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Ah, Summer -- Essay Time!

Girl writing a Common Application essay

In most parts of the country, spring is slowly blossoming into summer. Finally, a chance to change gears, experience a more relaxed schedule and -- if you are a rising high school senior –- start on that Common App essay! If you thought junior year was hectic and stressful, imagine next fall, when applications actually come due. It just makes sense to do what you can before deadline pressure sets in. Most selective colleges require a personal statement as part of their application, whether or not they use the Common App. Here are four steps to get you off on the right foot.

Step 1: Ignore the prompts.

The powers-that-be at the Common App have already disclosed that the prompts for the 2016-17 application cycle will not change from last year. But the truth is, the best essays are written without regard to the specific prompts provided for the personal statement. Why? Because the prompts are simply attempts by the colleges to elicit the types of essays they want. If you write the type of essay they want, it doesn’t really matter which prompt, if any, inspired you. Help them learn something true and individual about you, telling your story in your own authentic voice. The prompt will become irrelevant for you and your reader.

Step 2: Put away your resume.

The admissions officer about to read your essay already has access to a lot of information about you. Your transcript shows whether you tackle and succeed at challenge and where your academic strengths lie. Your test scores usually confirm the messages contained in the transcript, while providing a sense of how well your high school prepares its students. Your teacher recommendations describe the type of student you are, and your counselor sets your accomplishments within the context of your high school. The activities section covers what you do outside of school, albeit briefly.

As I said, it's a lot of information. Make sure you don't duplicate it in your essay! Rehashing a list of your accomplishments on the athletic field, in the school orchestra, or at the food pantry will not provide the insight the admissions reader hopes to find.

Step 3: Focus your message.

Obviously, the information listed above can’t present a complete picture of you as a person =– just ask your mom! What does it leave out? Spend some time reflecting on the various activities and accomplishments detailed in the rest of the application. Why did you do all that work for Habitat for Humanity, or study flatworms, or become a soccer star? What motivated you to organize that fundraiser, or read every Harry Potter book in a weekend, or write a 15-page paper about chimpanzee social systems? Admissions officers are begging applicants to uncover something deep and individual about their character and personality. Take the time to identify a quality that is quintessentially you.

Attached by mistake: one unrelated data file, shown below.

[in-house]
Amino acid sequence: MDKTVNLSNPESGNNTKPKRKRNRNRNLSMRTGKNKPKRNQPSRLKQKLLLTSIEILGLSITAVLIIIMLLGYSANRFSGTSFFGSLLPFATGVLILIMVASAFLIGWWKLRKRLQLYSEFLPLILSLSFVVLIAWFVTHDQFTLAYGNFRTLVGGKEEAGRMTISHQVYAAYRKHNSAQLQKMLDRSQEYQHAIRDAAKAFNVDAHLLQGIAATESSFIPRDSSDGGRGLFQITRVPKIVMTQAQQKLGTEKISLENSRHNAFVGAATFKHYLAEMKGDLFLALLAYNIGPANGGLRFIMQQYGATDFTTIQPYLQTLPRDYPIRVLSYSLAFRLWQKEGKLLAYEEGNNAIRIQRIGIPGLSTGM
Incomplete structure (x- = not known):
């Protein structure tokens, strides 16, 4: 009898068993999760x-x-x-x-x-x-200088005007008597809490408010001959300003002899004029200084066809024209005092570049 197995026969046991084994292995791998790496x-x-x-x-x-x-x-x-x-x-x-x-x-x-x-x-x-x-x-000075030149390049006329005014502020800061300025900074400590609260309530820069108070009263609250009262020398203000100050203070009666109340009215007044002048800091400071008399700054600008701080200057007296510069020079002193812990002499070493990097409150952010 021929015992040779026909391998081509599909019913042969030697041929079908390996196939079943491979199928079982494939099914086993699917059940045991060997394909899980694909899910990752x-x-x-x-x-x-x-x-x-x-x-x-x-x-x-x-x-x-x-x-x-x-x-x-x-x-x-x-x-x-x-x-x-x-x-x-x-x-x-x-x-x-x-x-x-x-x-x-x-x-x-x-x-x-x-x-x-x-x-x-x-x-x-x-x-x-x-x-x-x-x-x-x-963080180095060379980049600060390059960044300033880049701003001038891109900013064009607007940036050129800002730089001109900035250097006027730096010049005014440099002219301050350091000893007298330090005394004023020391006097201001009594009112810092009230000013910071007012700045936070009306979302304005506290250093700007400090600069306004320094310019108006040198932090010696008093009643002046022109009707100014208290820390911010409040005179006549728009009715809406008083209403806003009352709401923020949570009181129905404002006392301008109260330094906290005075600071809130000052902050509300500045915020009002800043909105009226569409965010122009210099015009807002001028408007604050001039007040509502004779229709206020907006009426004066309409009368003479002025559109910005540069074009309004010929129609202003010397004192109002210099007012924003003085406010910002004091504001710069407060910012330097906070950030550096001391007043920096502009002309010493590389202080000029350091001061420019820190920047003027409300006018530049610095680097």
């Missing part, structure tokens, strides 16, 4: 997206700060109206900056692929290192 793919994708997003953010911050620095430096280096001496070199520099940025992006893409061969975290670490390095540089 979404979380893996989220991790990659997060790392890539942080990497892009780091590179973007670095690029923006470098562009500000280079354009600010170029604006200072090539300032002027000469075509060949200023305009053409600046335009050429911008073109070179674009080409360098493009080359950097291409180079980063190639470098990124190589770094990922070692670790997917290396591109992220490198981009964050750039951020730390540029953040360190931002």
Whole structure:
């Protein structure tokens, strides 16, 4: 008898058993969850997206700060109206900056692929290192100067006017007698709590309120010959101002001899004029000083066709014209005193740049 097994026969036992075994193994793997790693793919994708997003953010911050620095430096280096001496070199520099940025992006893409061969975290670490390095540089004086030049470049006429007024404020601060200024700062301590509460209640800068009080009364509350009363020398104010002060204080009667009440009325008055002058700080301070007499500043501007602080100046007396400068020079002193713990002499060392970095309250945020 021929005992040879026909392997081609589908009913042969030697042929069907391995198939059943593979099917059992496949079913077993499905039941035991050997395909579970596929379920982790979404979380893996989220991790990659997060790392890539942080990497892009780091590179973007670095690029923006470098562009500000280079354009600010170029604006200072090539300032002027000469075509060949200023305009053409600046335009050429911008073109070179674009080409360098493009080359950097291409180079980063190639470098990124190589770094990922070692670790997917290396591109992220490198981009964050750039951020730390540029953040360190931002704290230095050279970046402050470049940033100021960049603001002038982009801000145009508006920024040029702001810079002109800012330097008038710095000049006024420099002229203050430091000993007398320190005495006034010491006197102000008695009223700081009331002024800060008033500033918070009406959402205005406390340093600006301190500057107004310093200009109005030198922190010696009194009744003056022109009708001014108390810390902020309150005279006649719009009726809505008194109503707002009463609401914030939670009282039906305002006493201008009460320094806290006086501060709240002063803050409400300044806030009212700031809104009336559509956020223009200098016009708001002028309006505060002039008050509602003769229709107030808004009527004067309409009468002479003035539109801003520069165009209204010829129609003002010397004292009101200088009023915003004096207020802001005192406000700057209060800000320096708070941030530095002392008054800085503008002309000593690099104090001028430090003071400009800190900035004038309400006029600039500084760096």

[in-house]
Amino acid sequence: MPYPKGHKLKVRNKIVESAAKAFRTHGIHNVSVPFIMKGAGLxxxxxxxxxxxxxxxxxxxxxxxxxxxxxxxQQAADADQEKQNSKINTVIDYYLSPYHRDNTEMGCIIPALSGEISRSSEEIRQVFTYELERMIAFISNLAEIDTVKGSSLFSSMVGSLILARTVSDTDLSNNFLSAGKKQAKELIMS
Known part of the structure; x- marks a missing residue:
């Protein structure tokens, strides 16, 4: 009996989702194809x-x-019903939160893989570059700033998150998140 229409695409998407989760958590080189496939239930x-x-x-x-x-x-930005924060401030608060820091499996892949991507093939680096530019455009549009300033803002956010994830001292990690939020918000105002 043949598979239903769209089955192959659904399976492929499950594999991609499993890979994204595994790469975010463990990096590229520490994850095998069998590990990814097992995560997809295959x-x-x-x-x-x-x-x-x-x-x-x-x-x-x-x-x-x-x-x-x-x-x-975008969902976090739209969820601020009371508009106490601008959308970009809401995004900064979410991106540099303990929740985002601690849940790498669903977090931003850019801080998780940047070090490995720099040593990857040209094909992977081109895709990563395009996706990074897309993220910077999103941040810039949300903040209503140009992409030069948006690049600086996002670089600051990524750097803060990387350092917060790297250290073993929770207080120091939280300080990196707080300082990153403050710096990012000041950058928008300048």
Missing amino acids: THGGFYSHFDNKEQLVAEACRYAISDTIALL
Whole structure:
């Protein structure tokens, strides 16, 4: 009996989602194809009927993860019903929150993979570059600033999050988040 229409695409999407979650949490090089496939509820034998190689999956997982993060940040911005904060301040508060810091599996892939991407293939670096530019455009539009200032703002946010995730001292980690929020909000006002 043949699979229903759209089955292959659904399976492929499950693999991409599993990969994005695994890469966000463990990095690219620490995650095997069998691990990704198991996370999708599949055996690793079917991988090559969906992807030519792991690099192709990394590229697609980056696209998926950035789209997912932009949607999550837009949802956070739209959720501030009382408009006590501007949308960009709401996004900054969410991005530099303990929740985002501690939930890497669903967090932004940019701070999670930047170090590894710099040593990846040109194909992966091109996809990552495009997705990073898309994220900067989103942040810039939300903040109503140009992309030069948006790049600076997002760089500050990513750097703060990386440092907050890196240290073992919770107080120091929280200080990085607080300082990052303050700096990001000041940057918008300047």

Step 4: Set aside a two-week period to complete the essay.

Some students like the idea of dividing a task into easily digestible chunks, spread out over a period of weeks or months, to make the process seem less daunting. With very disciplined students this might work. More often, though, this is a terrible plan! It becomes easier to skip that small step today (“I’ll just do double next time”) and revise your schedule next week (“I’ll do it tomorrow, when it’s supposed to rain.”) Too often, by the end of the summer you have a lot of little steps that have again added up to a big task -- and, by the way, you had the essay hanging over your head all summer long! Even if you are able to produce an essay in dribs and drabs, chances are it won't be as coherent as one written in a compressed period of time.

So choose two weeks this summer and focus on producing those 650 words. You'll set your mind free, open your schedule for more fun time, and enjoy a feeling of accomplishment that might last all the way until reality hits in August.

While these steps provide a great foundation, they are just the beginning; brainstorming, drafting, revising and editing are still to come. If you need a guide through any part of the application process, give me a call or click the “Contact Me” button at the bottom of the page.

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